A year ago right now, we were preparing for election day. I woke up and put on a white shirt, and helped my daughter find a white shirt, we took a selfie together – we were planning for an historical outcome in the national election. It wasn’t that I thought it was a foregone conclusion – I knew the race was tight. But there was something in my white middle class progressive Unitarian DNA that refused to truly believe that the United States would follow up its election of the first African American president with the election of a president who bragged about sexual assault, or who portrayed Mexican immigrants as rapists, or who denied climate change, or…..
Many of us woke up on November 9th, 2016 stunned by a reality that probably shouldn’t have been such a surprise – but it was. It was painful, and even traumatic for many to have to face, and the fear of what it would mean hung over all of us with an aching dread.
A year later, I wish I could say that these fears were all unfounded, that the communal grief that sent nearly 430 of you into the Sunday service the Sunday after the election was overblown…..but it has been predictably, a really hard year. The fights for health care, and GLBT rights, and against the Refugee Ban, and the campaign-promise-fulfilling willingness to deport all those who are undocumented, regardless on the impact on families or on the individual worthiness as a contributing part of our community…the twitter fueds and the re-initiated global panic on the potential of nuclear war….these all take a toll, on all of us.
The ripple effects of anxiety and overwhelm, dread, and even despair have therapists working overtime, and still each Sunday, so many come for the first time, seeking some way to making meaning and to find hope in the midst of this difficult and upside down world.
A year later, however, I am not without good news. I’ve watched – in countless meetings and in small conversations – a new desire to engage, to make a difference, to orient our lives towards meaningful contributions, and to learn the skills needed to listen more deeply, connect more authentically, and to be a part of much needed healing and restoration for our world.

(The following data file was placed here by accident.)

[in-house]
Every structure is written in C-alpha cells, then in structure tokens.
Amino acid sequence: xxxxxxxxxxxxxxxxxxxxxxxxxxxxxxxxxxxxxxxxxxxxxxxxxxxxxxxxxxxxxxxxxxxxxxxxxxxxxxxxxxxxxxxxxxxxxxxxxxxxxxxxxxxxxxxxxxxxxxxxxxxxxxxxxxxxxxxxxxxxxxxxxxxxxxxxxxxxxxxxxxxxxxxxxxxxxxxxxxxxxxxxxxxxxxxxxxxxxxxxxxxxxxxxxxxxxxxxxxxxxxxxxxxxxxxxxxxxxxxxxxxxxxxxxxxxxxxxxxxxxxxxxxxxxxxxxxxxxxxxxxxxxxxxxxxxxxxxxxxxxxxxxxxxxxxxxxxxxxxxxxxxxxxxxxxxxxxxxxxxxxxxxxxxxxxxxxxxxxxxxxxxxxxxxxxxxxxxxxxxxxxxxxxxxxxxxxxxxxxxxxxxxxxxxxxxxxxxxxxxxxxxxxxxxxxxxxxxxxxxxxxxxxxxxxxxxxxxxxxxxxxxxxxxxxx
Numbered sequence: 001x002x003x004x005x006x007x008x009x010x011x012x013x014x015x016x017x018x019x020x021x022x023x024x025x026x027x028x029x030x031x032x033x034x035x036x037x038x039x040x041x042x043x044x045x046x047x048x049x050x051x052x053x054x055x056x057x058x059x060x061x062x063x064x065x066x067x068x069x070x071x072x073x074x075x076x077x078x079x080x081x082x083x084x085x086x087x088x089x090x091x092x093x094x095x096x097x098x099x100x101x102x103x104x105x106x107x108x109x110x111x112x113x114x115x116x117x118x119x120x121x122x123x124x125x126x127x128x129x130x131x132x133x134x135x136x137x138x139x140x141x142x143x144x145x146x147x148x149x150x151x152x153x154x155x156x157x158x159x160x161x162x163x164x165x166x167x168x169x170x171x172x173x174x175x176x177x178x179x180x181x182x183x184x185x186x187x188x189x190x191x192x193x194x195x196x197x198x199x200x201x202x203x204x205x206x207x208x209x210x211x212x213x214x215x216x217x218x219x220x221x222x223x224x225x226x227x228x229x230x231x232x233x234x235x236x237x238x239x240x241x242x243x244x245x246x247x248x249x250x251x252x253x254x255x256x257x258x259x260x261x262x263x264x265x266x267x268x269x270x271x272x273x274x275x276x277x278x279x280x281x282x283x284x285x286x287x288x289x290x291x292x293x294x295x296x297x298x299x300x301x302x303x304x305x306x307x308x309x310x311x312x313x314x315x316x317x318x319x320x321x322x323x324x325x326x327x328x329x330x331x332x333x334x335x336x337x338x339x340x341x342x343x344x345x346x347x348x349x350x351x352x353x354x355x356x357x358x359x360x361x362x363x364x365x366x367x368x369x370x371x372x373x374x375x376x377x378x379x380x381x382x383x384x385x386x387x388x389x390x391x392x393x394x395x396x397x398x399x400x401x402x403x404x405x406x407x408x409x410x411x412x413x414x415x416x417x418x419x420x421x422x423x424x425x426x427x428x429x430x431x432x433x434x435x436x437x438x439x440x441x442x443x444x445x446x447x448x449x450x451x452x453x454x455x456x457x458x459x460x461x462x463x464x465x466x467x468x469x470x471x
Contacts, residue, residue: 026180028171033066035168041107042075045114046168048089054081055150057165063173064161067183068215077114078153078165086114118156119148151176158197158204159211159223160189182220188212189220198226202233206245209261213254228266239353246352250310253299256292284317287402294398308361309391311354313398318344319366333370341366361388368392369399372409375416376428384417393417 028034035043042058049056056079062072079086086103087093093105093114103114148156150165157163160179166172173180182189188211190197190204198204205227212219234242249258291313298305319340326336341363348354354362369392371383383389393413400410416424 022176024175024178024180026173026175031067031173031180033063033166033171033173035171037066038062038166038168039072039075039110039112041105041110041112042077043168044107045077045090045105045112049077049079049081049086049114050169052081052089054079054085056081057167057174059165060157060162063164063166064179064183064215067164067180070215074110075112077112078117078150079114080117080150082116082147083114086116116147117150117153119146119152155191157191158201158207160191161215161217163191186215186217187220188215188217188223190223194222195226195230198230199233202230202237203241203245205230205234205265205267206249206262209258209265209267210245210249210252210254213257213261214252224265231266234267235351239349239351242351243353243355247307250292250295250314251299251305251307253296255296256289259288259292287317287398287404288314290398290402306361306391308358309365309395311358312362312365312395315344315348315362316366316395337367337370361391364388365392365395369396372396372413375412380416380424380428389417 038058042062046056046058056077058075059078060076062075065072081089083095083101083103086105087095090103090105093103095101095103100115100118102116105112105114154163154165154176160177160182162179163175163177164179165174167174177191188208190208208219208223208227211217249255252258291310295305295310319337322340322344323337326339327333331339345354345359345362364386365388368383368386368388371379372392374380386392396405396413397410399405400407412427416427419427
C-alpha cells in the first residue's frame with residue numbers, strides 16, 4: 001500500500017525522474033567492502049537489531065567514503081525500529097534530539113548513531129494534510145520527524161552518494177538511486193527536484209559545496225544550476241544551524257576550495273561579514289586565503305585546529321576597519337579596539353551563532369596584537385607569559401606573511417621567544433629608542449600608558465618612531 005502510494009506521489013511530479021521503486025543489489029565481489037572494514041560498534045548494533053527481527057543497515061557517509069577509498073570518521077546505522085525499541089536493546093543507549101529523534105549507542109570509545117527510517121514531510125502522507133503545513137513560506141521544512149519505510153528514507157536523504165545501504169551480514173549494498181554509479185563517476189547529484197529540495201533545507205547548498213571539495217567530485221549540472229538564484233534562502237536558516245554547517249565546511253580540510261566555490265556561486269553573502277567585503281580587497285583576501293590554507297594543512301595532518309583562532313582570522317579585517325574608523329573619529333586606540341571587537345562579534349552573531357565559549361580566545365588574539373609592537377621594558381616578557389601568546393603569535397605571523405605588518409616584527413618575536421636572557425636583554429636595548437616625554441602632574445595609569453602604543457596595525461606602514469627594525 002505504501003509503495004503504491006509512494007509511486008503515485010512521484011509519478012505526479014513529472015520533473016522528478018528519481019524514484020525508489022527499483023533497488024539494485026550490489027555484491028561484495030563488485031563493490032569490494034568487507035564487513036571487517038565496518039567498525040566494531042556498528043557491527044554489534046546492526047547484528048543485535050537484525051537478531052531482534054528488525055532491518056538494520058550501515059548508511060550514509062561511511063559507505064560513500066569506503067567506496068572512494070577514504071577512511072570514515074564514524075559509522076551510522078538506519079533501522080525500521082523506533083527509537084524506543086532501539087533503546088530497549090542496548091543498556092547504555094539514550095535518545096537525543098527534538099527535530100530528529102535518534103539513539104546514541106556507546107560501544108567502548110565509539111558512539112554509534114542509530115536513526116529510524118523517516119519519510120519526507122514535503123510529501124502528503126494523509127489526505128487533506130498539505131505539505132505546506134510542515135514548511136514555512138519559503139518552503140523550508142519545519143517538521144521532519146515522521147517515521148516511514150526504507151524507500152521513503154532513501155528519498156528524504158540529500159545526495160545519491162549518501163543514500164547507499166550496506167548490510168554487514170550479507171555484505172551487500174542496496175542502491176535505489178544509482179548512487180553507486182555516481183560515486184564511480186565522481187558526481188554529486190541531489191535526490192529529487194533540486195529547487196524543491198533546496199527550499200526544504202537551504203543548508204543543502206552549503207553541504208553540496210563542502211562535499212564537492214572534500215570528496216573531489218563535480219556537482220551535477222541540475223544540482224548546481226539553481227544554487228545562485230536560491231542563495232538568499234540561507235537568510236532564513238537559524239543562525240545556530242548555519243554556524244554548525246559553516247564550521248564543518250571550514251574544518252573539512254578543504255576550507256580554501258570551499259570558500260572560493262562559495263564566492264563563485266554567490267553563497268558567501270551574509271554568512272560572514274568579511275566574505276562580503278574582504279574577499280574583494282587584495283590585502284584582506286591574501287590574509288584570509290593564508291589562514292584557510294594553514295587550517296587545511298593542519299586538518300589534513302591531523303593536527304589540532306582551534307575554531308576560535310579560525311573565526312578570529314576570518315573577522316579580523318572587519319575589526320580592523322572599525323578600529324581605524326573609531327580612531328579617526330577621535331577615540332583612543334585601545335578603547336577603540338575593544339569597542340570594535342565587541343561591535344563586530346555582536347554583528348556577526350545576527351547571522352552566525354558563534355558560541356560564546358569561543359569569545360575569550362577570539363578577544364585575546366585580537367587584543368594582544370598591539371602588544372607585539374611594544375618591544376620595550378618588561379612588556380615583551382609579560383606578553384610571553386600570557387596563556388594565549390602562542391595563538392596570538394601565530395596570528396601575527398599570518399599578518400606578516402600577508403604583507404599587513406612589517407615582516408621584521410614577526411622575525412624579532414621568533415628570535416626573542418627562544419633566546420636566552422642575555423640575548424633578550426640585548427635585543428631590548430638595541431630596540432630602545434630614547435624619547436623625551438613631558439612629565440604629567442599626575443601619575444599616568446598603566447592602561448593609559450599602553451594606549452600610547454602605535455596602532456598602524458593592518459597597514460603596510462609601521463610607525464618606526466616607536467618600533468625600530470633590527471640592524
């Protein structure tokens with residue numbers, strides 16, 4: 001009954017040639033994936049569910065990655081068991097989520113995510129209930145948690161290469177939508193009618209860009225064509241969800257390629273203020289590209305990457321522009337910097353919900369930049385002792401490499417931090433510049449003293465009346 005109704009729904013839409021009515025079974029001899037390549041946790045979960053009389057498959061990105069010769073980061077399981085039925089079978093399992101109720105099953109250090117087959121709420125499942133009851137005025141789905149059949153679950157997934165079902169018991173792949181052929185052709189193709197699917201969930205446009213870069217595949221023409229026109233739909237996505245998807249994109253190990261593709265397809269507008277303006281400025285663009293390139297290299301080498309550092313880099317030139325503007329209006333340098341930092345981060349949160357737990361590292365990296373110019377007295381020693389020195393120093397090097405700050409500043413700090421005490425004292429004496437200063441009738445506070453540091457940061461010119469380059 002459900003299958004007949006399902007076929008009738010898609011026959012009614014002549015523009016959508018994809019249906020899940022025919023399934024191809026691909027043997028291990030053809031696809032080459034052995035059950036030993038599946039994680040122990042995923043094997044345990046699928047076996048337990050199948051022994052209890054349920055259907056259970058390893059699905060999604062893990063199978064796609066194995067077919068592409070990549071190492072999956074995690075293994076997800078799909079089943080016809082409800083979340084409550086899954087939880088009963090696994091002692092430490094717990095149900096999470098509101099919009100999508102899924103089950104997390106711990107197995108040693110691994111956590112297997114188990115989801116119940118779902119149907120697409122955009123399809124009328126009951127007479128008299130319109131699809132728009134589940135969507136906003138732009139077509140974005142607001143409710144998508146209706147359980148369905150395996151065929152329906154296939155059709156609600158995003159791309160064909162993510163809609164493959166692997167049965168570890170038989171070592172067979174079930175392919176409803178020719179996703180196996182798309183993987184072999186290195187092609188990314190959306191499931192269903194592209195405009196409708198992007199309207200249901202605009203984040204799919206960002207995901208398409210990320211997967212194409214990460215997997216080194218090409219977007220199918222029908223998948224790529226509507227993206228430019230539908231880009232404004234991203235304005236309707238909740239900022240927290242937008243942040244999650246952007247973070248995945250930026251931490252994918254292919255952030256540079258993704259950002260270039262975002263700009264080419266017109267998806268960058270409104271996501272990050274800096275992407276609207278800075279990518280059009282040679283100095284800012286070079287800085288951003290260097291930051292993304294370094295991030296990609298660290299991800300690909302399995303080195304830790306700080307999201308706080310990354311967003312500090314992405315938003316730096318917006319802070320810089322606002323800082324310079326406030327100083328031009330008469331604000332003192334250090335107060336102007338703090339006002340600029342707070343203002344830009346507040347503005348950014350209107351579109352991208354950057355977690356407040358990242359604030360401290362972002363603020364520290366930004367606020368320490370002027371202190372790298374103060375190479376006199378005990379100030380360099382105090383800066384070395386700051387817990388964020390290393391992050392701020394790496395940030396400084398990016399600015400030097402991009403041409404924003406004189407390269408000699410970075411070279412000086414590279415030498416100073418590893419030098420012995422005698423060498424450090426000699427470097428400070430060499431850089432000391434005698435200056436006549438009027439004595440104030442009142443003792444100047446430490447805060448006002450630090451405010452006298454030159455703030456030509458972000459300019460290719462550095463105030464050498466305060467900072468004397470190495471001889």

I’ve seen a deeper commitment to spiritual growth, to attending worship, to giving of yourself in time and with money – this great generosity of spirit in service of a larger vision. And I’ve seen bright faces of joy, and hope, each Sunday – a huge desire to learn, and grow, and be a part of the change we wish to see.
I’ve also seen new grassroots organizations formed, and new partnerships started – some of these have been especially important for our congregation and our learning in addressing homelessness, economic justice, and interfaith relationships. And, a new boldness and courage has taken shape in all sorts of ways, not the least of which in our community has been visible in our sanctuary vote and efforts.
In the past ten months, I’ve taken so many people to their first protest march, it’s incredible. And, I’ve seen a willingness to take risks on behalf of deeper values in ways that I truly don’t think would’ve happened even a couple years ago.
What’s especially meaningful to me through all of this, however, is that I know that not everyone agrees about all the things, or in all the same way – and yet we have found a way to remain in conversation and dialogue. We have been working hard at learning how to have meaningful conversations about real things – and yet to be able to disagree, even while staying connected. It’s a practice that’ll likely take us our whole lives, and so we will continuously rely on grace, and spiritual practices of renewal, and a respect of a regular Sabbath, however that looks like to each of us.
As we cross this year mark, I am especially aware of the potential for burnout – in all of us. That we will simply be too overwhelmed or too tired to keep engaging, that church and community and participating could feel like just one more item on an already too-full to-do list. That the initial burst of resistance will transform into old complacency or cynicism.
This is all on my mind and heart as I look ahead to our plans for the next few months and beyond – at church, and in my own life. We have many days ahead, and there’s no guarantee things are going to get easier. We must be vigilant in all the things that allow us to keep going, to remain at the table so that we can do the hard work, to keep tending to that bright thread of hope. And we must keep leaning in to care for each other, sing for and with each other, make meals for and with one another, keep taking time for gratitude, and joy; silence and story; community and care – committing ourselves once again to the power and potential of real, authentic community of trust and accountability, calling us to show up each day, and offer ourselves to that greater vision.